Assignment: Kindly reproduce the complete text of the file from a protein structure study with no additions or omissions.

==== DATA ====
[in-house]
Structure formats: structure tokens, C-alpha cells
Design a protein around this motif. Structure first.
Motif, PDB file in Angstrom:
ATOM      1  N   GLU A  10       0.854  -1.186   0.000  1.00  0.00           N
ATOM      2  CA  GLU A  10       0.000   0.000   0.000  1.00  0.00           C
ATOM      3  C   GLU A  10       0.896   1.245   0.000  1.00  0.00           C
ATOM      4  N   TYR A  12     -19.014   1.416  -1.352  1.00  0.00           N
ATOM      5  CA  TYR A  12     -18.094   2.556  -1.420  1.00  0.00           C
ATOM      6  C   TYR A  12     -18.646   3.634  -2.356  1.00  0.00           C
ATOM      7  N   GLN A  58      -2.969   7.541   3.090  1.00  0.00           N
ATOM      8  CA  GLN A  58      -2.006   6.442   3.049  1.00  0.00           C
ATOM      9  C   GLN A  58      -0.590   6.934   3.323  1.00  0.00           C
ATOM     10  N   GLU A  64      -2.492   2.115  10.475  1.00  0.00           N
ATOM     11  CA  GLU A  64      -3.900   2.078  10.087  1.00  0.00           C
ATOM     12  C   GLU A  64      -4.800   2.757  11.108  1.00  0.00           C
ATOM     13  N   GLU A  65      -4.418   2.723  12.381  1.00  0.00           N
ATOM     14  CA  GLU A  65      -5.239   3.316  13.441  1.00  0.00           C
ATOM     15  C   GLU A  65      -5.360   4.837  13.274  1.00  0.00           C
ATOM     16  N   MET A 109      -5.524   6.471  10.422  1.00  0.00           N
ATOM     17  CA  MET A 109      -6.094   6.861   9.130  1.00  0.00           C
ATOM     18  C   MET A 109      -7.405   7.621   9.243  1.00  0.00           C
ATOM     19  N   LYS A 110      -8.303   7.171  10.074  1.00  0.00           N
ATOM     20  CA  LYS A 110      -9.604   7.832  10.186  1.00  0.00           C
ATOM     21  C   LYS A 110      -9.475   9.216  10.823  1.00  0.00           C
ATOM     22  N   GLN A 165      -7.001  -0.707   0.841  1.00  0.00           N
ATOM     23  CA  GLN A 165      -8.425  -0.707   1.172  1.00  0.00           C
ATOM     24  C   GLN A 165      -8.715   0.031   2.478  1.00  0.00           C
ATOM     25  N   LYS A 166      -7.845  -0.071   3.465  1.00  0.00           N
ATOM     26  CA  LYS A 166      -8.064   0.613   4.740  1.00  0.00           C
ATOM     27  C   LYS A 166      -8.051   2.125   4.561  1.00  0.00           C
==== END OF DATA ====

[in-house]
Structure formats: structure tokens, C-alpha cells
Design a protein around this motif. Structure first.
Motif, PDB file in Angstrom:
ATOM      1  N   GLU A  10       0.854  -1.186   0.000  1.00  0.00           N
ATOM      2  CA  GLU A  10       0.000   0.000   0.000  1.00  0.00           C
ATOM      3  C   GLU A  10       0.896   1.245   0.000  1.00  0.00           C
ATOM      4  N   TYR A  12     -19.014   1.416  -1.352  1.00  0.00           N
ATOM      5  CA  TYR A  12     -18.094   2.556  -1.420  1.00  0.00           C
ATOM      6  C   TYR A  12     -18.646   3.634  -2.356  1.00  0.00           C
ATOM      7  N   GLN A  58      -2.969   7.541   3.090  1.00  0.00           N
ATOM      8  CA  GLN A  58      -2.006   6.442   3.049  1.00  0.00           C
ATOM      9  C   GLN A  58      -0.590   6.934   3.323  1.00  0.00           C
ATOM     10  N   GLU A  64      -2.492   2.115  10.475  1.00  0.00           N
ATOM     11  CA  GLU A  64      -3.900   2.078  10.087  1.00  0.00           C
ATOM     12  C   GLU A  64      -4.800   2.757  11.108  1.00  0.00           C
ATOM     13  N   GLU A  65      -4.418   2.723  12.381  1.00  0.00           N
ATOM     14  CA  GLU A  65      -5.239   3.316  13.441  1.00  0.00           C
ATOM     15  C   GLU A  65      -5.360   4.837  13.274  1.00  0.00           C
ATOM     16  N   MET A 109      -5.524   6.471  10.422  1.00  0.00           N
ATOM     17  CA  MET A 109      -6.094   6.861   9.130  1.00  0.00           C
ATOM     18  C   MET A 109      -7.405   7.621   9.243  1.00  0.00           C
ATOM     19  N   LYS A 110      -8.303   7.171  10.074  1.00  0.00           N
ATOM     20  CA  LYS A 110      -9.604   7.832  10.186  1.00  0.00           C
ATOM     21  C   LYS A 110      -9.475   9.216  10.823  1.00  0.00           C
ATOM     22  N   GLN A 165      -7.001  -0.707   0.841  1.00  0.00           N
ATOM     23  CA  GLN A 165      -8.425  -0.707   1.172  1.00  0.00           C
ATOM     24  C   GLN A 165      -8.715   0.031   2.478  1.00  0.00           C
ATOM     25  N   LYS A 166      -7.845  -0.071   3.465  1.00  0.00           N
ATOM     26  CA  LYS A 166      -8.064   0.613   4.740  1.00  0.00           C
ATOM     27  C   LYS A 166      -8.051   2.125   4.561  1.00  0.00           C